LUANG PRABANG (NORTHERN LAOS): WEEK 18 JANUARY (COOL AND MISTY IN THE MORNING WITH BRIGHT SUNSHINE IN THE AFTERNOON, 28 DEGREES)
16.01.2017 - 21.01.2017 27 °C
While the view from the balcony of our new guest house was a sobering reminder that most locals live a basic existence in squalid surroundings amongst piles of debris and half finished dwellings, it was a relief not to live in fear of opening the bathroom door or having the constant smell of stagnant drains. Our guest house was run by an elderly man who could speak both French and English, had free refillable drinking water and tea/coffee available until 11am. This was absolute luxury.
After an inauspicious beginning, UNESCO protected Luang Prabang slowly wove its spell over me. Described as "one of the most alluring places in South East Asia", it is home to 33 gilded wats, dotted with shuttered, faded French villas and sits at the confluence of the Mekong River and Nam Khan. Not that I succumbed to its charms for a few days, first impressions were it was dirty, dusty and blighted by flies. The riverside promenade was a work in progress and was another example of missed potential when Luang Prabang's setting on the river confluence is magical and could be a stunning tourist attraction. Parts were dug up, clogged up as a parking lot for scooters making the pathway impassable or there were broken concrete tiles strewn all over or another patch of dust with random wire or metal objects to trip up on. If only there was a decent path with some benches in the shade.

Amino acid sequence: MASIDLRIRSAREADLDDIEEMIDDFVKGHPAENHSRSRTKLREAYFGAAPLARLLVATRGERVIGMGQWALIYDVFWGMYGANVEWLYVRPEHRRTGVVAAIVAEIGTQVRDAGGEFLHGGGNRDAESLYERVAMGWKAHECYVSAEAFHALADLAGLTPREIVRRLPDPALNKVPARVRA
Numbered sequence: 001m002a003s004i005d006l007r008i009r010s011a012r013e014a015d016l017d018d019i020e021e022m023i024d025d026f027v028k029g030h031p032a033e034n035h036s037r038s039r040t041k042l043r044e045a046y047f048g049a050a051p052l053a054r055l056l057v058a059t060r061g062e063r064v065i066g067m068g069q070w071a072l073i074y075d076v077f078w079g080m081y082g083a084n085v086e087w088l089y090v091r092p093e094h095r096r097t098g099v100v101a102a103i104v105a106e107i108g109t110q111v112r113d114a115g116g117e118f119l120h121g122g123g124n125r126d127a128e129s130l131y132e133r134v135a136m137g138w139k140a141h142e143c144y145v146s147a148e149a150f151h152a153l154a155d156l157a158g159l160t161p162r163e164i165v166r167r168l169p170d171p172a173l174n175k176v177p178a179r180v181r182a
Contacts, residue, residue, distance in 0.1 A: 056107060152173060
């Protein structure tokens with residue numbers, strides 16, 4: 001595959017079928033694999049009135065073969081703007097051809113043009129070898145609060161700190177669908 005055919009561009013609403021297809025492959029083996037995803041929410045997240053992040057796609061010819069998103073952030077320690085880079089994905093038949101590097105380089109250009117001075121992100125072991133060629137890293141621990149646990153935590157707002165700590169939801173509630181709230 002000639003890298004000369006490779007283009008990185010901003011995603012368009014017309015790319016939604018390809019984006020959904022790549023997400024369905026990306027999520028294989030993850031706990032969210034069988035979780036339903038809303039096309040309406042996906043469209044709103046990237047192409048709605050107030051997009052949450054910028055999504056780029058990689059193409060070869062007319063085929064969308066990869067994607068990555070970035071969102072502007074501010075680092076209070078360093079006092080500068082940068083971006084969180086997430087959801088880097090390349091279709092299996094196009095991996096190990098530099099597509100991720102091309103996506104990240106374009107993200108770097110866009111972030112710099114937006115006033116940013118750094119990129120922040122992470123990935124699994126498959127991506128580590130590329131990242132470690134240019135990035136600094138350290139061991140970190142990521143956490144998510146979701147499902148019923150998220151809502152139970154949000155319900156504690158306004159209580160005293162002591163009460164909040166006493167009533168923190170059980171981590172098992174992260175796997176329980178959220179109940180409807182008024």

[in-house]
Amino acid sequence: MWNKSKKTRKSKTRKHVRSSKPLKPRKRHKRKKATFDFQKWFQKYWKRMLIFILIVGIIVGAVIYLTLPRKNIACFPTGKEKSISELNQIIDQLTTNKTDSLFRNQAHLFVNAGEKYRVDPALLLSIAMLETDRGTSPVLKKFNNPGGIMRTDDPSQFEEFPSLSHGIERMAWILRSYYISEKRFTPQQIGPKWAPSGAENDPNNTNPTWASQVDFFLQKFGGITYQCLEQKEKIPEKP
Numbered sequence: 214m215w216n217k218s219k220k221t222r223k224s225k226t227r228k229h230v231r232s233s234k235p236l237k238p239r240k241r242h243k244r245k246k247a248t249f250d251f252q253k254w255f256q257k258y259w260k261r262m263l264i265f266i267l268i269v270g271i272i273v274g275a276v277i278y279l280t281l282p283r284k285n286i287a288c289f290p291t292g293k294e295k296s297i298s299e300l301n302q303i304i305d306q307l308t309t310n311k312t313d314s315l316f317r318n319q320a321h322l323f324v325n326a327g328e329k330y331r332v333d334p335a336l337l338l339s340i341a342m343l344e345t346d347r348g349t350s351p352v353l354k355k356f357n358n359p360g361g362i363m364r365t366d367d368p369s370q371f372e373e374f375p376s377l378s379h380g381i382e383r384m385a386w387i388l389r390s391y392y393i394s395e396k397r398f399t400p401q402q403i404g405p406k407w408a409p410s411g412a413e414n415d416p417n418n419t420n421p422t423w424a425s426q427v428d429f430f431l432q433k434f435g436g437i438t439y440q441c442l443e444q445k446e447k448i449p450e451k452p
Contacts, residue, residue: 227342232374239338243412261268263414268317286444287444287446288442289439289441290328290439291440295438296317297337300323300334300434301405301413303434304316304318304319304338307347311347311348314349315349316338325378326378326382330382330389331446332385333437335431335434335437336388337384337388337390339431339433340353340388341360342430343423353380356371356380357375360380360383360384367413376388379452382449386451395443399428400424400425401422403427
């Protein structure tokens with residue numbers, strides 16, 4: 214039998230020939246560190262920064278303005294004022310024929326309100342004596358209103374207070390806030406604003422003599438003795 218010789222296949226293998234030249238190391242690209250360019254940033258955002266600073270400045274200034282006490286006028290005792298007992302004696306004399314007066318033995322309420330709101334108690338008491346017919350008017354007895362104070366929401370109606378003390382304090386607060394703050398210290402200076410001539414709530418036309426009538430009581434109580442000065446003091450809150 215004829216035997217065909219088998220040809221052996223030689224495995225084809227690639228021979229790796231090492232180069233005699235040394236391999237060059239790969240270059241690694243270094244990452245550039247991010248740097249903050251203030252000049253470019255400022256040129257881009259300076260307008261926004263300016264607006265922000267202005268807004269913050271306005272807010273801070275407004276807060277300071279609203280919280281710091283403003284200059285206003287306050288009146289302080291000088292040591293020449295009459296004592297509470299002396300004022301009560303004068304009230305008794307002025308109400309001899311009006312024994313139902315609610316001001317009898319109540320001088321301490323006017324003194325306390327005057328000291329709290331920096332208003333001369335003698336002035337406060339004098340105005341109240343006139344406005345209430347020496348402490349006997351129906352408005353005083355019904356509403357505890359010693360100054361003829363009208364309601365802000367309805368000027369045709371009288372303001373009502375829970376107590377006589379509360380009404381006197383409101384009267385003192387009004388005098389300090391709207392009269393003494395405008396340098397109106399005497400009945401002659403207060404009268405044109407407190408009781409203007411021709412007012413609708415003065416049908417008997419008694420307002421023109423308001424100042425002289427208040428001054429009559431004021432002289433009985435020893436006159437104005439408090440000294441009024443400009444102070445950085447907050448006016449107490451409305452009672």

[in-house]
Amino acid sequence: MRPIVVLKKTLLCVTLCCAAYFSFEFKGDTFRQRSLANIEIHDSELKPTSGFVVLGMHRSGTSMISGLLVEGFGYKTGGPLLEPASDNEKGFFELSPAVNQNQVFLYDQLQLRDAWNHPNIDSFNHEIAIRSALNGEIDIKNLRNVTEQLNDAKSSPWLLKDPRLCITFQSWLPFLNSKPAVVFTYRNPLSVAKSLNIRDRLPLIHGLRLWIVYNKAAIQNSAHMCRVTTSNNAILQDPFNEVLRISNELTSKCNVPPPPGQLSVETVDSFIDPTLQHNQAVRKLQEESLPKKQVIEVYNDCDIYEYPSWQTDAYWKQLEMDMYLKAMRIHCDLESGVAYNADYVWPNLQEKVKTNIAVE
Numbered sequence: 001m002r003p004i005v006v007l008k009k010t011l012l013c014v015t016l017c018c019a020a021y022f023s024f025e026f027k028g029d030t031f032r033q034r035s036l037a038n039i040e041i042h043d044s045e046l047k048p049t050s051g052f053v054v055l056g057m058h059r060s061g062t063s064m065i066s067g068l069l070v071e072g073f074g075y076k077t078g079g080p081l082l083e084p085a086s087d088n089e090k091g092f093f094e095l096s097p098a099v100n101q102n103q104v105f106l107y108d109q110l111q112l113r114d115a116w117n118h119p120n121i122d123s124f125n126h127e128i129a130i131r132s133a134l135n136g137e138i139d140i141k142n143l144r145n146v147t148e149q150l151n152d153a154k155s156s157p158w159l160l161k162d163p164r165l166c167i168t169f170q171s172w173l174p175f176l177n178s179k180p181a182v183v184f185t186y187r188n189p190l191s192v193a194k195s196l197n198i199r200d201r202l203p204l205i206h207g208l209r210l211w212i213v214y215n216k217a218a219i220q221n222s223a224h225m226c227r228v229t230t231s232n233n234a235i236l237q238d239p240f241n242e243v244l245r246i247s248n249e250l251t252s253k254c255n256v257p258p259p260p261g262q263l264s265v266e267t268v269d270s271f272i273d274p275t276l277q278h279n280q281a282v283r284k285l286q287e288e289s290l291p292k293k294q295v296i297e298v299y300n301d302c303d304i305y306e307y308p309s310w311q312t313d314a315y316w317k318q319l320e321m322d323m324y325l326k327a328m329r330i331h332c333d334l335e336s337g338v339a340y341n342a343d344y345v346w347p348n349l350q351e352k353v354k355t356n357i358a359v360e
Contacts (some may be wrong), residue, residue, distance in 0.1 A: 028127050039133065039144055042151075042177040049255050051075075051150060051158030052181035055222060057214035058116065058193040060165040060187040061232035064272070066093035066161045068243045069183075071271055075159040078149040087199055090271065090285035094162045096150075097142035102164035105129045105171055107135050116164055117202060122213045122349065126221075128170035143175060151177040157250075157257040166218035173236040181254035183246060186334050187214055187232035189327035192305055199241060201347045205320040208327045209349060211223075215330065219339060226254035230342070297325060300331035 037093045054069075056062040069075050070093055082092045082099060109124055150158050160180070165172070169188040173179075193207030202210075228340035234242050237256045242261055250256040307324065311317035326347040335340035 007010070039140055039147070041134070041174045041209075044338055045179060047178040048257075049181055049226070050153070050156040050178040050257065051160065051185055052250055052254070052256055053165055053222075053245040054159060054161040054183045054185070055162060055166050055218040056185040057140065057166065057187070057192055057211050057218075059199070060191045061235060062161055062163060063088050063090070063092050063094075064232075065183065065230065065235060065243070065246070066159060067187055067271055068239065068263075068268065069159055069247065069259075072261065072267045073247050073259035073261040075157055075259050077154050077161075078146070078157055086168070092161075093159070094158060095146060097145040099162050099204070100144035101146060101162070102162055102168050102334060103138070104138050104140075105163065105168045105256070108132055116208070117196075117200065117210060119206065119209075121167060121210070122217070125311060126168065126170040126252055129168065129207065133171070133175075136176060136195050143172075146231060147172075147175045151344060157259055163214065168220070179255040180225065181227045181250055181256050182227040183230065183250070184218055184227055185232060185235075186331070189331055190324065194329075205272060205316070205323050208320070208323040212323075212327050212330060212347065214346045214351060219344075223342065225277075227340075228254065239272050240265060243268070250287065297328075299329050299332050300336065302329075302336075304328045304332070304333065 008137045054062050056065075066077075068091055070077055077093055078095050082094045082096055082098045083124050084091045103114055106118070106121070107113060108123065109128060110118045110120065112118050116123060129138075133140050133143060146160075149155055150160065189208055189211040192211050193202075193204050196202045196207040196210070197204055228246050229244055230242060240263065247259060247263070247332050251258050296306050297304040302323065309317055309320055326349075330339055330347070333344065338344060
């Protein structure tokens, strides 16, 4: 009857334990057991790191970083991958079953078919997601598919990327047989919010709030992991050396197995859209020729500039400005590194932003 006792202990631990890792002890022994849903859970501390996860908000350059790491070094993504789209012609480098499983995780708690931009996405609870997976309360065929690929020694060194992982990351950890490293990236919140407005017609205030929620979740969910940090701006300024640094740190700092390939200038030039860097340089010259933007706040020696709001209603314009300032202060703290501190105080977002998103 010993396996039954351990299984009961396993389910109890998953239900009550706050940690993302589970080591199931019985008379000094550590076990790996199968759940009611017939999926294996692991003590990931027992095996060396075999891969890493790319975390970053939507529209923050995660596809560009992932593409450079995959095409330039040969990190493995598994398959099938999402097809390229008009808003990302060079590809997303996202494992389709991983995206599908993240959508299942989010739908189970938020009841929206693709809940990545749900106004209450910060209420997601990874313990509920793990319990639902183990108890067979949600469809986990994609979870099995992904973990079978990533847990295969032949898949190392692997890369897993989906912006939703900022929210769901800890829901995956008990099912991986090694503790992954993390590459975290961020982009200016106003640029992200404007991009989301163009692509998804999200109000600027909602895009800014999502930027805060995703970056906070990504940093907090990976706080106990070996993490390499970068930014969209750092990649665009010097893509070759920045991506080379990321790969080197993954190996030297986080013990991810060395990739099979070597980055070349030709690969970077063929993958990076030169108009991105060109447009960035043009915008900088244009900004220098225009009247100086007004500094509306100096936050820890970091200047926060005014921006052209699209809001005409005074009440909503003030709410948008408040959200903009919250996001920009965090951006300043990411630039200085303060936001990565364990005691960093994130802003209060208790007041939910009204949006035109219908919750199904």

Despite all of this and I can't quite put my finger on why Luang Prabang becomes seductive, but on an afternoon where there is not a cloud in the sky, meandering down shady alley ways or the main street lined with colonial shuttered villas round to the lesser known wats, we could just sit on the steps of a temple watching the sun glinting against the gold stupas and Buddha images. Here there is peace and tranquility, the odd saffron clad monk disappearing into a nearby doorway gives the scene a dreamy, hazy like quality. Before you know it, two hours have passed, the shadows are lengthening and its time for dinner at the riverfront overlooking the Mekong.
Alternatively when its early afternoon we discovered a few benches (a rare find in Luang Prabang overlooking the temporary bamboo bridge built every dry season (which is swept away in wet season). From here, we could leisurely observe a steady stream of monks shaded by golden umbrellas, traversing the bamboo bridge to the wat on the opposite bank, shrouded in vegetation.
At the morning market for breakfast, we were spoilt for choice: healthy fruit smoothies brimming with ginger and peppermint, savoury or sweet crepes and mammoth over-filled baguettes with an endless array of fillings. The night market was crammed pack with tourists and food stalls offering salted river fish, barbequed chicken, vegetable dumplings and the Lao staple of sticky rice served in a woven pot.
Our Lao cookery course was a blast that included cooking lunch and dinner plus a trip to the local market to source ingredients for our dishes including banana flower (used for texture) and woodear fungus. A thoroughly great and tasty way to spend the day - Thomas excelled at being the master chef!
img=http://photos.travellerspoint.com/774428/DSC04051.jpg caption=Thomas is in charge, Lao cookery course]